"From this reaction, it has provided the class with an audience and therefore a REAL purpose to write. I had to use this opportunity and the platform of the blog to share children's writing about this topic. 
"The amount the children have been blogging about this topic has been amazing! The standard and quality of writing is clear to see as children know that their writing is being read by experts and professionals all over the world - You can read some of their work here."
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Famous Authors' Handwritten Outlines for Great Works of Literature ~ Flavorwire

Famous Authors' Handwritten Outlines for Great Works of Literature ~ Flavorwire | Scriveners' Trappings | Scoop.it

Illustration above is J.K. Rowling’s spreadsheet plan for Harry Potter and the Order of the Phoenix.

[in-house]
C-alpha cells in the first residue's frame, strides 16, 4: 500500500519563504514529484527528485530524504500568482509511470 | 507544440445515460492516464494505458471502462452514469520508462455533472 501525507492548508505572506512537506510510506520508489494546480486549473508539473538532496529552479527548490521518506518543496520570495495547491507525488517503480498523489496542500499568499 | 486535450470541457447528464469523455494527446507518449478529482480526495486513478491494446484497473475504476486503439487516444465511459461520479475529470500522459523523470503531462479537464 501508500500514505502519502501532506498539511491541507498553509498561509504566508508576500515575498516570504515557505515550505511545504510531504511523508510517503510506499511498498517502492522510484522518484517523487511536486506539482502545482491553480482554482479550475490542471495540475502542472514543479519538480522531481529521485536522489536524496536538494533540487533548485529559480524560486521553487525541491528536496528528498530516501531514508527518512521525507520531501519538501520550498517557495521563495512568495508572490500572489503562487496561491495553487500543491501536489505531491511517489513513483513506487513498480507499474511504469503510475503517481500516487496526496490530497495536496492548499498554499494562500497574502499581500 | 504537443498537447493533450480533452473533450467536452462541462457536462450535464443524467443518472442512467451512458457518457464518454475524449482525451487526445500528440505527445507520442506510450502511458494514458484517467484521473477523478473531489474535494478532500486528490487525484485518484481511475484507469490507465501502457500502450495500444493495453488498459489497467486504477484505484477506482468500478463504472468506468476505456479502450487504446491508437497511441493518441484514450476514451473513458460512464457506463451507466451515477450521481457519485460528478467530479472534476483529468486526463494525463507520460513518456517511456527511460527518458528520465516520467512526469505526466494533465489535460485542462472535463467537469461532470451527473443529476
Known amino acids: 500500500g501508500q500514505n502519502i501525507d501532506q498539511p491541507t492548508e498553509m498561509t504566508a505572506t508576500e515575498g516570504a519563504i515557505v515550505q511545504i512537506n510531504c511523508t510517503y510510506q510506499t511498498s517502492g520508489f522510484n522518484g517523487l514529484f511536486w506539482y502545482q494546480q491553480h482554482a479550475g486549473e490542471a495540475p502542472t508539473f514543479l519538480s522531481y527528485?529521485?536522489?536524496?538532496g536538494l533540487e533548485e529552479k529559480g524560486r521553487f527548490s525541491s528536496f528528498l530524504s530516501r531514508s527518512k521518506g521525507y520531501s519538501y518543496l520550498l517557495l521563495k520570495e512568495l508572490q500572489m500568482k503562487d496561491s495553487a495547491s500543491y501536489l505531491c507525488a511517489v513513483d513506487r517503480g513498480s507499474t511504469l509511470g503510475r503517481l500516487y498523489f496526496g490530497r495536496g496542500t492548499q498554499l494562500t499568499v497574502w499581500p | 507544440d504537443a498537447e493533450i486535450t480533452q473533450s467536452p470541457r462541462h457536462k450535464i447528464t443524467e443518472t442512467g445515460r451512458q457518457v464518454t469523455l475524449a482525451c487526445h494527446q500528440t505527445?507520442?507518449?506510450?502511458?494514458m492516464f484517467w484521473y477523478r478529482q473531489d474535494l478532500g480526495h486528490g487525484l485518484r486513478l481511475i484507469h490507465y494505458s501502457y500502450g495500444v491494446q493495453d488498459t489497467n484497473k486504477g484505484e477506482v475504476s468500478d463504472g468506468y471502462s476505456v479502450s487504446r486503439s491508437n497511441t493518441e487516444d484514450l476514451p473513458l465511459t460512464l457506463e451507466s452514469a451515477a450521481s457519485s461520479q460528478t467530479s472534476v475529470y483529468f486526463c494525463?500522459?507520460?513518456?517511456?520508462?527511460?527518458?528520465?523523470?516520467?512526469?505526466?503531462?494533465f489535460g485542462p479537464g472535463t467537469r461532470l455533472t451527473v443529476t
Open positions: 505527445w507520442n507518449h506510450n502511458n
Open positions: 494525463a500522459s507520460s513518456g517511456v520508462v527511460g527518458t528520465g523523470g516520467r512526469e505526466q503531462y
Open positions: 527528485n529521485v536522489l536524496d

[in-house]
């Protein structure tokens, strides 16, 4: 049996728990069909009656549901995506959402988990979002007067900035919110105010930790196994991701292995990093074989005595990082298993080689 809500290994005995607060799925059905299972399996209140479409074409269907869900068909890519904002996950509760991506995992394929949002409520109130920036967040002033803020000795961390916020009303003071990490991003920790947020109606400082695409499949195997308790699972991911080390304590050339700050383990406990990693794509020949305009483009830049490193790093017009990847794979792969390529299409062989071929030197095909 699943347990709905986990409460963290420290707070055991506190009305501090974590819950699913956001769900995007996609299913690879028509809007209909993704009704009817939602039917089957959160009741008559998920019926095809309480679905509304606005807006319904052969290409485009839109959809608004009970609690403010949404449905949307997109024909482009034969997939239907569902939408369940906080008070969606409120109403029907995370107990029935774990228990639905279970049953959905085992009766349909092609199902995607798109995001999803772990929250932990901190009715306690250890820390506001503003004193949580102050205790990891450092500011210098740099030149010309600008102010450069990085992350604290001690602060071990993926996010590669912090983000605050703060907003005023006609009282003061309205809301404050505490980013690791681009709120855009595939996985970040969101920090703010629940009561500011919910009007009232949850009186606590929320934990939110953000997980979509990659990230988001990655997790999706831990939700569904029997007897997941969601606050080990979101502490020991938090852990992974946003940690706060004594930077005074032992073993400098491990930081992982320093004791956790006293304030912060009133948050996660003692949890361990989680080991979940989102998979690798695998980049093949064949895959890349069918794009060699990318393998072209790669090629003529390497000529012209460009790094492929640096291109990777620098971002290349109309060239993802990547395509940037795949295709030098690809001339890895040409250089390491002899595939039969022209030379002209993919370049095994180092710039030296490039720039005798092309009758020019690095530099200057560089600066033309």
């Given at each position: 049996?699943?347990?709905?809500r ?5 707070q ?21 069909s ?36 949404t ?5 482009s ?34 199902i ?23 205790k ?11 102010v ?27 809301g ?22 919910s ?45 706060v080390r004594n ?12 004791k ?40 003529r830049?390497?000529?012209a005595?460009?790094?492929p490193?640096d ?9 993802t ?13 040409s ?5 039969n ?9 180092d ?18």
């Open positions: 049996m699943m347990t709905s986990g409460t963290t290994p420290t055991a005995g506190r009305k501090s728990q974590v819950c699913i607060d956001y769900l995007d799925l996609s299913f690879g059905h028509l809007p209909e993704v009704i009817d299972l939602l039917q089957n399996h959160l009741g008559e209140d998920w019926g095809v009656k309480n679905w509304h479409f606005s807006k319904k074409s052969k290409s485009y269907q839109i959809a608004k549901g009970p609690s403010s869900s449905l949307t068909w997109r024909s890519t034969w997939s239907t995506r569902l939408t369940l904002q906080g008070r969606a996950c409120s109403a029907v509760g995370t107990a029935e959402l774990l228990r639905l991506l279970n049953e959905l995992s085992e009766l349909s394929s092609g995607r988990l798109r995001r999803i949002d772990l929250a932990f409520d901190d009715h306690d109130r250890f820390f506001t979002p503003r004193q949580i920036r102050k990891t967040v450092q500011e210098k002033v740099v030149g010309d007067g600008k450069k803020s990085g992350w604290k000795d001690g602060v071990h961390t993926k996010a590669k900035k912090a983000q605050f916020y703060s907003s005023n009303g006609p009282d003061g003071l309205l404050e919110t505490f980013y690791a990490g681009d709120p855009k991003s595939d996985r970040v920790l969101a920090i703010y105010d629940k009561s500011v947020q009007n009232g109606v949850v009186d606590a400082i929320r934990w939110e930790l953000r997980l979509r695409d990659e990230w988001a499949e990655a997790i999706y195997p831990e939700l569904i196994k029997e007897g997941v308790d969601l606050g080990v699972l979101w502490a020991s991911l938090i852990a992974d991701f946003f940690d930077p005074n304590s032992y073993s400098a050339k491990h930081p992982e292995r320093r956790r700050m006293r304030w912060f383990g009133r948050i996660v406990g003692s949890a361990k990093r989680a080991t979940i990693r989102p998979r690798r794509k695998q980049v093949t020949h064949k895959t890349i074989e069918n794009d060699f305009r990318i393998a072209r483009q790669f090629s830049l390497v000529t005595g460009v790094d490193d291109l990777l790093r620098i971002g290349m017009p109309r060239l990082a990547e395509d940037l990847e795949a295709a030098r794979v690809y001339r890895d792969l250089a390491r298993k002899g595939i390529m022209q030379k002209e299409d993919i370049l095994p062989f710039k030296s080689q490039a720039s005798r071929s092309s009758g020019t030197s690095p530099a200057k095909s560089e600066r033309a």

by Emily Temple


"Writing a novel (or a story, for that matter) is confusing work. There are just so many characters running all over the place, dropping hints and having revelations. So it’s no surprise that many authors plan out their works beforehand, in chart or list or scribble form, in order to keep everything straight. After the jump, you’ll find a mini collection of those planning papers, so you can take a peek into the process of some of your favorite authors, from James Salter to J.K. Rowling."

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Scholastic.com | Teachers: Write It

Scholastic.com | Teachers: Write It | Scriveners' Trappings | Scoop.it

"Write It is an online writing resource that’s packed with engaging ways to build your students’ writing skills. The site provides teachers and students with:

• A growing set of valuable resources from two years ofLiterary Cavalcade and other Scholastic publications